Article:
During the various stages of its life cycle, the monarch butterfly has different habitat and dietary requirements. Monarch caterpillars rely exclusively on their host plant, milkweed, to eat their way to maturity and fuel successful metamorphosis. As adult butterflies, monarchs require nectar resources to provide the nourishment to sustain their reproduction, migration and overwintering.
In West Virginia, the milkweed requirement can be met by one of our many native milkweed species. The three that are most commonly found in our state are Common Milkweed (Asclepias syriaca), Butterflyweed (Asclepias tuberosa), and Swamp Milkweed (Asclepias incarnata). The common milkweed lives up to its name, as it can be found throughout the state in fencerows, roadsides, ditches and fields. It can handle a wide range of soil moistures, but prefers a sunny location. From June to August, its balls of dusky pinkish blooms attract many pollinators.
Butterflyweed boasts distinctive yellow–to-orange flowers and blooms from May to September. Like common milkweed, it is found in sunny ditches, fields, and roadsides, and can tolerate a range of soil moistures.
Swamp milkweed is more often found in moist to wet soils, and can tolerate shade. Its blooms are a rosy purple and appear from June to October.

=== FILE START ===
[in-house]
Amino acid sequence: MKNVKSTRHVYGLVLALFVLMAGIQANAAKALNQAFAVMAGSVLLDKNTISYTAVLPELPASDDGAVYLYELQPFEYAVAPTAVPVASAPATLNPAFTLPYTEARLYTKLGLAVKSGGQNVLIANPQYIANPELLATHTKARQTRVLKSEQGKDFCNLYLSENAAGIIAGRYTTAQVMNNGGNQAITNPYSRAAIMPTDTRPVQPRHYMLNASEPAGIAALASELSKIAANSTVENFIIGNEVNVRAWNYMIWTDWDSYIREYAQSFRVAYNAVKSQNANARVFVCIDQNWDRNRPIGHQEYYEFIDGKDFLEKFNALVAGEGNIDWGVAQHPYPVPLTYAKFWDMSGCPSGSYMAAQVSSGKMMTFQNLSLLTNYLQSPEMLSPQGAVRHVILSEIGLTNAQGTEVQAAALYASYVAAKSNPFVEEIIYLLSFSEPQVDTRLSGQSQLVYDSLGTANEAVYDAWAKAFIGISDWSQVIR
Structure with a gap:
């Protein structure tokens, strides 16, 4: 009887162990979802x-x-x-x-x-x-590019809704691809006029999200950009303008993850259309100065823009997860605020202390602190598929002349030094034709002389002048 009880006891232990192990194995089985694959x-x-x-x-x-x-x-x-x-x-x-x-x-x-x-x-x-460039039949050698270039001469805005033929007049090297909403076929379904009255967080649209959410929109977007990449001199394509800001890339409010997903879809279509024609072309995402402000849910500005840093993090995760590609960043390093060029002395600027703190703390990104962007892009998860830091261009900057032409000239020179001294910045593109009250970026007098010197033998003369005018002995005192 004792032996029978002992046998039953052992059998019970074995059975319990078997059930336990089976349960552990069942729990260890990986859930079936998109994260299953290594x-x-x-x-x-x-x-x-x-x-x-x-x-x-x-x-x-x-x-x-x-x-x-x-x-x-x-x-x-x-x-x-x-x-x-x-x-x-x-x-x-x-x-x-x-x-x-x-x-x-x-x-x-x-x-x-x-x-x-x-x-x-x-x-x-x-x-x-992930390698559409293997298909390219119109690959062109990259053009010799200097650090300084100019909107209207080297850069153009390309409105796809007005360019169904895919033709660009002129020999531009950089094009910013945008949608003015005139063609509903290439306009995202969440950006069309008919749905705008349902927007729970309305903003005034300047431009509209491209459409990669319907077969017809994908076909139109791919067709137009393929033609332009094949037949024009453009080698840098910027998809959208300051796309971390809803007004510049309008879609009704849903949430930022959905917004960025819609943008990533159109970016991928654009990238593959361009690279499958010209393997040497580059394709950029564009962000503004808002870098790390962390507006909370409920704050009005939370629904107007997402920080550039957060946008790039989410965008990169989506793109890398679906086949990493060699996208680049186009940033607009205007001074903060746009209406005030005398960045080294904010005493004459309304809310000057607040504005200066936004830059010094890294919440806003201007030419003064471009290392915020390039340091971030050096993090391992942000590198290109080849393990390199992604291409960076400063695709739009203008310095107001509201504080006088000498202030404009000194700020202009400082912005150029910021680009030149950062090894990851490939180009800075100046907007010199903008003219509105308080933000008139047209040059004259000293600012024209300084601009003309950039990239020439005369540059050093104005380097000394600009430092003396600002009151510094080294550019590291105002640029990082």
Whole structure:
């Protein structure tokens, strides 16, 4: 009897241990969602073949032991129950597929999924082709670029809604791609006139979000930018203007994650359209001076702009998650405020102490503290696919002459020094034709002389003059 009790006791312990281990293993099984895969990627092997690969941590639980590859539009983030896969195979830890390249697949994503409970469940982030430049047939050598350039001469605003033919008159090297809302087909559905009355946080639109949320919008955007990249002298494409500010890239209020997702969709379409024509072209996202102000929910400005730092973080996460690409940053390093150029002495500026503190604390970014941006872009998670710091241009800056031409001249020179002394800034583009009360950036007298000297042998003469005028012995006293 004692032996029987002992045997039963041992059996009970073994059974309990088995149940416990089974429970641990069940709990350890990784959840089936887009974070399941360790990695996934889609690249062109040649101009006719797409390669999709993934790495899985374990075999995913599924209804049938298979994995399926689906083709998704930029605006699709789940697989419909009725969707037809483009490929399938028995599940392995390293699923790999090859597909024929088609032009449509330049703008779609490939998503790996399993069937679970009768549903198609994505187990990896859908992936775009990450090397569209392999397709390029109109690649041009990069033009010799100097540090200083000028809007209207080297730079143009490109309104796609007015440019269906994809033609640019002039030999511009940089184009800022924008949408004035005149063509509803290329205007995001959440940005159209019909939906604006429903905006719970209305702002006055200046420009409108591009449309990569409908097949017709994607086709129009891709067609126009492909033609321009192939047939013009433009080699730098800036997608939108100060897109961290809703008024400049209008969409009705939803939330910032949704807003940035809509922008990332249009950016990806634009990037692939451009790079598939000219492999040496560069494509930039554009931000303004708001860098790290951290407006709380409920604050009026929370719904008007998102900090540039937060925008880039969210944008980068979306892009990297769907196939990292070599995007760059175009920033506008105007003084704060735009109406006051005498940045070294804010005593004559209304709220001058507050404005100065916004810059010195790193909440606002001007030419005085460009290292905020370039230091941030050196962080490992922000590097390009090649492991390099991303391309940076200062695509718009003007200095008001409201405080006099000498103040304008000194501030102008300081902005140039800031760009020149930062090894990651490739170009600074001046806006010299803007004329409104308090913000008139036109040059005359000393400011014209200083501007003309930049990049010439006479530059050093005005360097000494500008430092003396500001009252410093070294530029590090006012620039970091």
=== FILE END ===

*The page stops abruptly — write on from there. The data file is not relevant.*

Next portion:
Although milkweed remains common in West Virginia, other states with fewer small farms, larger developed areas and more intensive, large-scale agriculture are not so lucky. Loss of milkweed across the Monarch’s spring and summer breeding area is believed to be a major cause of the Monarch’s decline. Many agencies and organizations have ongoing efforts to bring back milkweed through conservation practices and milkweed plantings, including the Xerces Society, Monarch Joint Venture, Monarch Watch, and Monarch Watch Milkweed Market.
As adults, monarch butterflies seek diverse nectar sources as the food to fuel their reproduction and migration. Nectar can be found in flowering plants, trees, and shrubs, but it is critical that these flowers be available throughout the entire time adult monarchs are in our state. To sustain adult monarchs in West Virginia, we need to have a variety of flowering plants across our landscape, providing blooms from early spring, when the first generation of monarchs reaches our borders, through late fall, when the migratory generation of butterflies is fueling up in WV for its long flight to Mexico.
Numerous native plants fit this bill. Monarchs frequently visit American plum trees (Prunus americana) as well as wild lupine (Lupinus perennis) and common gaillardia (Gaillardia aristata) when they arrive in West Virginia in the spring. Into the summer months, our milkweeds (Asclepias spp.), mountain mints (Pycnanthemum spp.) and common boneset (Eupatorium perfoliatum) are favorite nectaring blooms. As fall arrives and our migratory monarchs emerge, plants like wingstem (Verbesina alterniflora), goldenrod (Solidago spp.) and ironweed (Vernonia spp.) provide quality nectar to carry our butterflies south.
Lists of West Virginia plants for pollinators and butterflies can be found in the West Virginia Pollinator Handbook, and in various published plant guides. Both these and other publications also provide extensive recommendations for propagating, managing and restoring milkweed, as well as for establishing diverse stands of wildflowers that attract butterflies.